You probably already know that you have to take a lot of care with your diet and nutrition when you’re pregnant. Aside from regular doses of vitamins and supplements, you also need to make sure you’re getting a balanced, wholesome and nutritious diet. A lot of doctors will provide you with a handy diet chart, which will be tailored to your body’s needs. Aside from guides like this, and various online resources you can look into, make sure you’re abstaining from alcohol and smoking, and minimizing the amount of caffeine you’re taking in. These kinds of toxins can increase the risk of premature delivery, underweight babies, and various birth defects.
Exercise is Essential
Due to all the changes going on in your body, and the fatigue and dizziness you’ll be feeling in those early stages, a lot of pregnant women tend to avoid exercise a little more than they usually would. Although you may not feel entirely up to it, exercise is just as essential for your health when you’re pregnant as at any other stage in your life, if not more so. Regular exercise, even if it’s just in the form of a moderate walk around the block, is essential for first-time pregnant women. This will strengthen your muscles, stabilize your mood swings to some extent, and make it easier to endure the pain of your pregnancy. If you already have a set exercise regimen you want to stick to through your pregnancy, always talk to your doctor about it first.
It’s No Picnic
While bearing a child is an experience that can change the person you are for the better, and certainly not something that you’ll easily forget, this comes at a price. The pain of giving birth is obviously intense, but long before that, you’re going to have to go through a range of other discomforts. A lot of activities that you’ve been able to do freely will now be either banned or extremely painful to accomplish. Even standing for a long period of time in the later stages can be hard to bear. This is before we get into all the surprise bouts of vomiting and constipation. Talk to your doctor about ways you can ease these discomforts, without causing any damage to your health or the health of your baby. Most importantly, get into an attitude that will make it easier to face the pain head-on. Instead of dreading the discomforts ahead of you, try to see them as the sacrifice you’ll make for a child you’ll love unconditionally. This can make it easier to grit your teeth through.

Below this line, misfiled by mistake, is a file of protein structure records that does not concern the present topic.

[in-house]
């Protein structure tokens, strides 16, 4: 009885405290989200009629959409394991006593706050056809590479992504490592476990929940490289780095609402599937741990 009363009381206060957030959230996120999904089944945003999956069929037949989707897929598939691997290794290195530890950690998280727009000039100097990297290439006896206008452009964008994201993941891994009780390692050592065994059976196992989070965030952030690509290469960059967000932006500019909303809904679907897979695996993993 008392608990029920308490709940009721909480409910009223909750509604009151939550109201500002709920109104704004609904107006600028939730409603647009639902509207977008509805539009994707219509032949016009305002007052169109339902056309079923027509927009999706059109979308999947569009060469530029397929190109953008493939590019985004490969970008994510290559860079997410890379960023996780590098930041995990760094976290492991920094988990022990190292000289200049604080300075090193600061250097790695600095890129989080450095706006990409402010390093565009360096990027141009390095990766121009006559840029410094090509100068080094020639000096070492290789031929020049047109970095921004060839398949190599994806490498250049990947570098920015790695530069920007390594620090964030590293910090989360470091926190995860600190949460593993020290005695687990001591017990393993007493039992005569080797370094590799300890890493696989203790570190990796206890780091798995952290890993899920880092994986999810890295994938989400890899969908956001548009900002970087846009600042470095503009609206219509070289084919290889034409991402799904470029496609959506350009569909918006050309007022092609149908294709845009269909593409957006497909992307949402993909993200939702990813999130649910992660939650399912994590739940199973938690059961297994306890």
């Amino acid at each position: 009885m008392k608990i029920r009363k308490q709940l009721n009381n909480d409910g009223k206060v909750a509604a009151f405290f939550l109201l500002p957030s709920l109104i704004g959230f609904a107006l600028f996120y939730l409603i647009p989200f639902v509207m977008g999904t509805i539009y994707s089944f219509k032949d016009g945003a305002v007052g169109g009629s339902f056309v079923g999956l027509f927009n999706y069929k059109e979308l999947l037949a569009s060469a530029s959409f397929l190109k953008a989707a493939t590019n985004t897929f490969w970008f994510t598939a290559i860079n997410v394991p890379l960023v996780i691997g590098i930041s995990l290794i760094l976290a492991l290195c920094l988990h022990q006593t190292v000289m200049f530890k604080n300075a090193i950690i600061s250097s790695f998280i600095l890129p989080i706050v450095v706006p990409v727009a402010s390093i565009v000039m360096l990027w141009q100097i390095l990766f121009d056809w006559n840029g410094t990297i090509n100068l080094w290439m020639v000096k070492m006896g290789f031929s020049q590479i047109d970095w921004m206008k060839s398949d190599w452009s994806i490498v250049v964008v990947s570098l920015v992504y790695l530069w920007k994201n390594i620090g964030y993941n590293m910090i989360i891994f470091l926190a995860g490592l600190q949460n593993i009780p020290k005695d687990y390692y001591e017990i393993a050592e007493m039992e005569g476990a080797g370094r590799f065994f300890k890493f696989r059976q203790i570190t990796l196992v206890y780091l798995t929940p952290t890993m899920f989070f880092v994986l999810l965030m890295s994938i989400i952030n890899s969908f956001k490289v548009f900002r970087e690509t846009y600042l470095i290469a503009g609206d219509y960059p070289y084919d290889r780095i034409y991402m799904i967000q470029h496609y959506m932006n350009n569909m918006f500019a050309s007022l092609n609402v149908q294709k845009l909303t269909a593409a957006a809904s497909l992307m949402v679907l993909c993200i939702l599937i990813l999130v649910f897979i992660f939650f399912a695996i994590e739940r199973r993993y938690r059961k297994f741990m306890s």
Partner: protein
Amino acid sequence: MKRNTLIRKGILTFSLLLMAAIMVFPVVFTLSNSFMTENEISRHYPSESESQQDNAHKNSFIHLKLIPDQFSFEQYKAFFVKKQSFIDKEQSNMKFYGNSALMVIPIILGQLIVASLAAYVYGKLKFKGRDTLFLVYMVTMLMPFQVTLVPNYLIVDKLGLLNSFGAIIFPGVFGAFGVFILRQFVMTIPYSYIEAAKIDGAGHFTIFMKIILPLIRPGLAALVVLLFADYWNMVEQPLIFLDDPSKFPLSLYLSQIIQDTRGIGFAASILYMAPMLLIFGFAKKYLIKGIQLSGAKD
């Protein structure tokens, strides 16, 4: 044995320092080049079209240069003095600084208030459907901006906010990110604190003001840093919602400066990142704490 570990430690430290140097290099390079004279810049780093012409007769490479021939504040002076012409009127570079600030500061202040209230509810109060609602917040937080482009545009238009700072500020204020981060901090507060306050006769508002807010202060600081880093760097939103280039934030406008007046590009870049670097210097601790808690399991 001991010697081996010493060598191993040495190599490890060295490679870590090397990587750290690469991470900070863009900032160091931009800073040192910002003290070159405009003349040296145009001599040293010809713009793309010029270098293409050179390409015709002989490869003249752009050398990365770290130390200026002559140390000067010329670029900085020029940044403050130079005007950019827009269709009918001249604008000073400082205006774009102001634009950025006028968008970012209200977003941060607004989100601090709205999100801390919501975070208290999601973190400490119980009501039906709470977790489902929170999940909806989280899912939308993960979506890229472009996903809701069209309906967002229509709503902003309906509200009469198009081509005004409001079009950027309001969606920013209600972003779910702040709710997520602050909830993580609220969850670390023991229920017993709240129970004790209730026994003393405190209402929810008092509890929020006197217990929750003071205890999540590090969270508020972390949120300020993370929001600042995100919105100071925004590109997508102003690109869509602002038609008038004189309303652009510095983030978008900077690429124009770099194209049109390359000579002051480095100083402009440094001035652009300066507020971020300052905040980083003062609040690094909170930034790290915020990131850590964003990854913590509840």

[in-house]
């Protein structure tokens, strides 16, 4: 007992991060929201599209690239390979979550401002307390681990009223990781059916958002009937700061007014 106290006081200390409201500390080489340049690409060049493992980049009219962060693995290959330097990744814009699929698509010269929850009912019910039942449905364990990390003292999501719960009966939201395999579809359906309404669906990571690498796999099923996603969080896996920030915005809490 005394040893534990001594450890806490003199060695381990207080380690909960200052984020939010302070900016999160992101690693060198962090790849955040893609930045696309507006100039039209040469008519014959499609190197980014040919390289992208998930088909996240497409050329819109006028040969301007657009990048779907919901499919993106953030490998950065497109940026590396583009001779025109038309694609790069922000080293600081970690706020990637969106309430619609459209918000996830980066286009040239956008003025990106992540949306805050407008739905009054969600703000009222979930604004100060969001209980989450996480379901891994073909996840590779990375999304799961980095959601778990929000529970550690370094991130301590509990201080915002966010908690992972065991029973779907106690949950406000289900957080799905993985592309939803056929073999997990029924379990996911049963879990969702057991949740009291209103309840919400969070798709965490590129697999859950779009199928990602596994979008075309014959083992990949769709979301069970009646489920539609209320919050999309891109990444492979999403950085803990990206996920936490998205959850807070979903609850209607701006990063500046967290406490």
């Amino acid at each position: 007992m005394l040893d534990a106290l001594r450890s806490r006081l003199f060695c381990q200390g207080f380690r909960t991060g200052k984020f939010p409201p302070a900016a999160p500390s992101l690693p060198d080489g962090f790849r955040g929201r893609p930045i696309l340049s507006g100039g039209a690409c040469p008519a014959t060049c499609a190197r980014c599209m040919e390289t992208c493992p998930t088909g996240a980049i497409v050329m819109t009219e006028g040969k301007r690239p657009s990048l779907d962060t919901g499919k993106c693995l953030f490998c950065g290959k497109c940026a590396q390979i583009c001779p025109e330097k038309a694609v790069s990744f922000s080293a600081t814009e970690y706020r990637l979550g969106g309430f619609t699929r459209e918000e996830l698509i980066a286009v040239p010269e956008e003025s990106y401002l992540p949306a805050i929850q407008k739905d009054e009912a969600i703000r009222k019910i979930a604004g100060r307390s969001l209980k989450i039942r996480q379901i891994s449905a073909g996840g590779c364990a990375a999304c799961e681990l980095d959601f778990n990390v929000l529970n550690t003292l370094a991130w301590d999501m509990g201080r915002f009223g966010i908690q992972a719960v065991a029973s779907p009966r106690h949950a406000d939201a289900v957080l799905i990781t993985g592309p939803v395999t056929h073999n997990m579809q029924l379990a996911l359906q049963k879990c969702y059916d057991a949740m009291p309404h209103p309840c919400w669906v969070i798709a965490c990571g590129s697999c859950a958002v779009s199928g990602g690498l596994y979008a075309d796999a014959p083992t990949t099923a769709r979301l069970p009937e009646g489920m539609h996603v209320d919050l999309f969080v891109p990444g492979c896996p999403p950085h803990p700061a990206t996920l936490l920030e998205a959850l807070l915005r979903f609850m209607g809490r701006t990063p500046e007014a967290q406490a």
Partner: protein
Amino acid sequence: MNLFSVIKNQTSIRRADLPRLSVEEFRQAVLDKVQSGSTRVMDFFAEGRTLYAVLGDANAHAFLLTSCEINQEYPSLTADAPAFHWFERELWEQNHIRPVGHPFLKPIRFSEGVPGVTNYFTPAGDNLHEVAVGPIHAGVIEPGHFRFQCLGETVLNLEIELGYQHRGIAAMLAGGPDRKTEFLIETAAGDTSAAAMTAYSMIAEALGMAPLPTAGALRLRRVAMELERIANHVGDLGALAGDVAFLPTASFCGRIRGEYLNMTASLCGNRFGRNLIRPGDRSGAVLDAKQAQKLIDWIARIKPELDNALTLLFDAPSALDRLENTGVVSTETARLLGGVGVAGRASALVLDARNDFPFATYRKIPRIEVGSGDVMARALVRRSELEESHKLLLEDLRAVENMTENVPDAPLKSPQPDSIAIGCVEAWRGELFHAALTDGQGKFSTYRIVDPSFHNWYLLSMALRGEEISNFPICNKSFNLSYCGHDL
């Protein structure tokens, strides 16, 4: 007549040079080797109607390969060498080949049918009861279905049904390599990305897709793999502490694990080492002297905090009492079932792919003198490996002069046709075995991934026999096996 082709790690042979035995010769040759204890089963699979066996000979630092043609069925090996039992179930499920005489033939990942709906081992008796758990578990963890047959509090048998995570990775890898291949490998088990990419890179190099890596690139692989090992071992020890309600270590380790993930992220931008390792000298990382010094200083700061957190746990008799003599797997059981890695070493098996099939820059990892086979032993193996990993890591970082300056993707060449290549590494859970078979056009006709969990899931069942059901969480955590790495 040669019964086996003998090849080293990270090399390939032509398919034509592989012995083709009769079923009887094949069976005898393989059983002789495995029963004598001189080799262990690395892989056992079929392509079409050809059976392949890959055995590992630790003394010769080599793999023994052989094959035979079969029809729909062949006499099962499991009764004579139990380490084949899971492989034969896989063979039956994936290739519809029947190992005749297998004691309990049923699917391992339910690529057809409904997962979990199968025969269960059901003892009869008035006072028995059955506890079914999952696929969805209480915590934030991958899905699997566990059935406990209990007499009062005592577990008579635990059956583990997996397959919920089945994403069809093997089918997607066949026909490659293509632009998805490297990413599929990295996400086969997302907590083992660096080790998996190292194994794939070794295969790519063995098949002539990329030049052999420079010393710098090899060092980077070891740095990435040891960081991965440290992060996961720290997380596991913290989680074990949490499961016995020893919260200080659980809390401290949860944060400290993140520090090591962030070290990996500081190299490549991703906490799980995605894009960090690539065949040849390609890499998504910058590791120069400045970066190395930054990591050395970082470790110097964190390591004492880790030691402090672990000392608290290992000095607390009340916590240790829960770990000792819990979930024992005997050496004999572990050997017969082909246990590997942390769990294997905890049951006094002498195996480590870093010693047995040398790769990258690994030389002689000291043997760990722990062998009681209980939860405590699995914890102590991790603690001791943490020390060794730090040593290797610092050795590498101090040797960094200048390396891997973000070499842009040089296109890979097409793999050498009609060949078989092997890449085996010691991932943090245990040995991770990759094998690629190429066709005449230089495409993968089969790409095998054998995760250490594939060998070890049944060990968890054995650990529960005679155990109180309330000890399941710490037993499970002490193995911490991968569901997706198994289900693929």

This post was written by a contributing writer.
This post is not meant to give medical advice. Please consult a medical professional with any questions/concerns.